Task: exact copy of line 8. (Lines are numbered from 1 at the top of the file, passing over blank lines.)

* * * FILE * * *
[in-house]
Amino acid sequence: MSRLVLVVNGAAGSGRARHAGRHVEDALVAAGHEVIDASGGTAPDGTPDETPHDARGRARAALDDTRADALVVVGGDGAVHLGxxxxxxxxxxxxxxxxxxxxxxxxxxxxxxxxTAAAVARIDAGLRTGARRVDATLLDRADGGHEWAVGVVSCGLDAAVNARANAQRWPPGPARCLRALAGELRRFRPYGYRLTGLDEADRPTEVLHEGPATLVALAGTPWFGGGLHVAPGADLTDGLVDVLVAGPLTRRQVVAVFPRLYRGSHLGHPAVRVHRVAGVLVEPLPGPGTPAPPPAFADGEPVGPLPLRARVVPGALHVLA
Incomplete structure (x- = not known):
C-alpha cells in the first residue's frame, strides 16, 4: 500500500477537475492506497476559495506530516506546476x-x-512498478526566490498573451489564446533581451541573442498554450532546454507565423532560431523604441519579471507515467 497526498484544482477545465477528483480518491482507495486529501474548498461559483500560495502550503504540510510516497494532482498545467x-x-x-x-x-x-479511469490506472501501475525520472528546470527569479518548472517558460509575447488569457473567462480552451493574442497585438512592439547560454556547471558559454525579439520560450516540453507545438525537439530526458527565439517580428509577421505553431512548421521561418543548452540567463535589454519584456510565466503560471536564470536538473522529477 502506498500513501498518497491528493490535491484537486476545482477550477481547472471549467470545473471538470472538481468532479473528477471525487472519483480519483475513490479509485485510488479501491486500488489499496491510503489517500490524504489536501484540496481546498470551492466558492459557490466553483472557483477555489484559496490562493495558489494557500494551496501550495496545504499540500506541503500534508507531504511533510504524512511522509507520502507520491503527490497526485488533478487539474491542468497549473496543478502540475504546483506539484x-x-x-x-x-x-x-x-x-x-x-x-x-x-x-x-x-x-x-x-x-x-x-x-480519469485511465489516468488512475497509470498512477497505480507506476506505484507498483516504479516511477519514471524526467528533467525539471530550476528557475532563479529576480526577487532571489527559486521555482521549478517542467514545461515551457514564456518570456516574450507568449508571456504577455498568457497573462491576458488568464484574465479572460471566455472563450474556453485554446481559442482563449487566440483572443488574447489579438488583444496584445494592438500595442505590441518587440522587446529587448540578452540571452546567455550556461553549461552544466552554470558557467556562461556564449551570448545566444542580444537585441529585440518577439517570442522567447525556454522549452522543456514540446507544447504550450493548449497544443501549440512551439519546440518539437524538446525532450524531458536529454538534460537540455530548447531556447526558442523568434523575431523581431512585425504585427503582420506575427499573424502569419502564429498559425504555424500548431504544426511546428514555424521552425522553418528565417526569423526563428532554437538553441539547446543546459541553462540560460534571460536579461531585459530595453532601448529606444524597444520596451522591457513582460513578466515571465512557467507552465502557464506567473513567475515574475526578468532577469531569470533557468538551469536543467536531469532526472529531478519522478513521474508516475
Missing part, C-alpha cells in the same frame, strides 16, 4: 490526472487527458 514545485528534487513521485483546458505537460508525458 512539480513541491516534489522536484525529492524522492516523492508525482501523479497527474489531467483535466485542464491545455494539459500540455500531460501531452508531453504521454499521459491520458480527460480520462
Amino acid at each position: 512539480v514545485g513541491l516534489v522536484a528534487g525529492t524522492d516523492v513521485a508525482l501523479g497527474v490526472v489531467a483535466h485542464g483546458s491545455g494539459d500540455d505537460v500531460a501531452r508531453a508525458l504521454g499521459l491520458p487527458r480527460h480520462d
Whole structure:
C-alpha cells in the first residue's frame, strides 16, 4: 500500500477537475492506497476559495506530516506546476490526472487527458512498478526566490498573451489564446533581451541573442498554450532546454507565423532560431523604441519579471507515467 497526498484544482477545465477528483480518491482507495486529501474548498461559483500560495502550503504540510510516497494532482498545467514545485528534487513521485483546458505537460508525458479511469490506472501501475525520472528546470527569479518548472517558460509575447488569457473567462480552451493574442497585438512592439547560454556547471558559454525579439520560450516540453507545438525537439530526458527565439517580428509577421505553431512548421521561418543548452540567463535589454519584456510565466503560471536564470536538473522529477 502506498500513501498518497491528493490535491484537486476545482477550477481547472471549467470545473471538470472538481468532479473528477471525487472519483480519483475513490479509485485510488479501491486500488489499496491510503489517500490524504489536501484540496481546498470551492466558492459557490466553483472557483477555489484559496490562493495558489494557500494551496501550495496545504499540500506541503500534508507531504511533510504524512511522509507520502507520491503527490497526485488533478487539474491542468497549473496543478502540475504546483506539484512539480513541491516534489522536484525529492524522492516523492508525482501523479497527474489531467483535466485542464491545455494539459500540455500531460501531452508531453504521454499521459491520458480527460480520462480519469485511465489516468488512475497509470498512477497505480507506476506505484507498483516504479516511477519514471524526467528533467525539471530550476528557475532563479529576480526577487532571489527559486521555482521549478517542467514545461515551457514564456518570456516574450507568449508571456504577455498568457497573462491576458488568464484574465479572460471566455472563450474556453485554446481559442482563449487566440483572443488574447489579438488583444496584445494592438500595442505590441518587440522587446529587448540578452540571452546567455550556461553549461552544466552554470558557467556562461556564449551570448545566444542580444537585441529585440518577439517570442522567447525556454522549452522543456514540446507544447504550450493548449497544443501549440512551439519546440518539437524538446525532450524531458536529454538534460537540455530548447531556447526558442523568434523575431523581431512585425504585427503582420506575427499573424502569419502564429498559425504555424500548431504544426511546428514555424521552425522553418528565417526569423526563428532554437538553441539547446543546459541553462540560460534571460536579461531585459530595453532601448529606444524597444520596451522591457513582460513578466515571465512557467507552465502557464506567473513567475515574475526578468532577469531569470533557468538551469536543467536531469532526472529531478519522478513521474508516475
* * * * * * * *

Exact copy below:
C-alpha cells in the first residue's frame, strides 16, 4: 500500500477537475492506497476559495506530516506546476490526472487527458512498478526566490498573451489564446533581451541573442498554450532546454507565423532560431523604441519579471507515467 497526498484544482477545465477528483480518491482507495486529501474548498461559483500560495502550503504540510510516497494532482498545467514545485528534487513521485483546458505537460508525458479511469490506472501501475525520472528546470527569479518548472517558460509575447488569457473567462480552451493574442497585438512592439547560454556547471558559454525579439520560450516540453507545438525537439530526458527565439517580428509577421505553431512548421521561418543548452540567463535589454519584456510565466503560471536564470536538473522529477 502506498500513501498518497491528493490535491484537486476545482477550477481547472471549467470545473471538470472538481468532479473528477471525487472519483480519483475513490479509485485510488479501491486500488489499496491510503489517500490524504489536501484540496481546498470551492466558492459557490466553483472557483477555489484559496490562493495558489494557500494551496501550495496545504499540500506541503500534508507531504511533510504524512511522509507520502507520491503527490497526485488533478487539474491542468497549473496543478502540475504546483506539484512539480513541491516534489522536484525529492524522492516523492508525482501523479497527474489531467483535466485542464491545455494539459500540455500531460501531452508531453504521454499521459491520458480527460480520462480519469485511465489516468488512475497509470498512477497505480507506476506505484507498483516504479516511477519514471524526467528533467525539471530550476528557475532563479529576480526577487532571489527559486521555482521549478517542467514545461515551457514564456518570456516574450507568449508571456504577455498568457497573462491576458488568464484574465479572460471566455472563450474556453485554446481559442482563449487566440483572443488574447489579438488583444496584445494592438500595442505590441518587440522587446529587448540578452540571452546567455550556461553549461552544466552554470558557467556562461556564449551570448545566444542580444537585441529585440518577439517570442522567447525556454522549452522543456514540446507544447504550450493548449497544443501549440512551439519546440518539437524538446525532450524531458536529454538534460537540455530548447531556447526558442523568434523575431523581431512585425504585427503582420506575427499573424502569419502564429498559425504555424500548431504544426511546428514555424521552425522553418528565417526569423526563428532554437538553441539547446543546459541553462540560460534571460536579461531585459530595453532601448529606444524597444520596451522591457513582460513578466515571465512557467507552465502557464506567473513567475515574475526578468532577469531569470533557468538551469536543467536531469532526472529531478519522478513521474508516475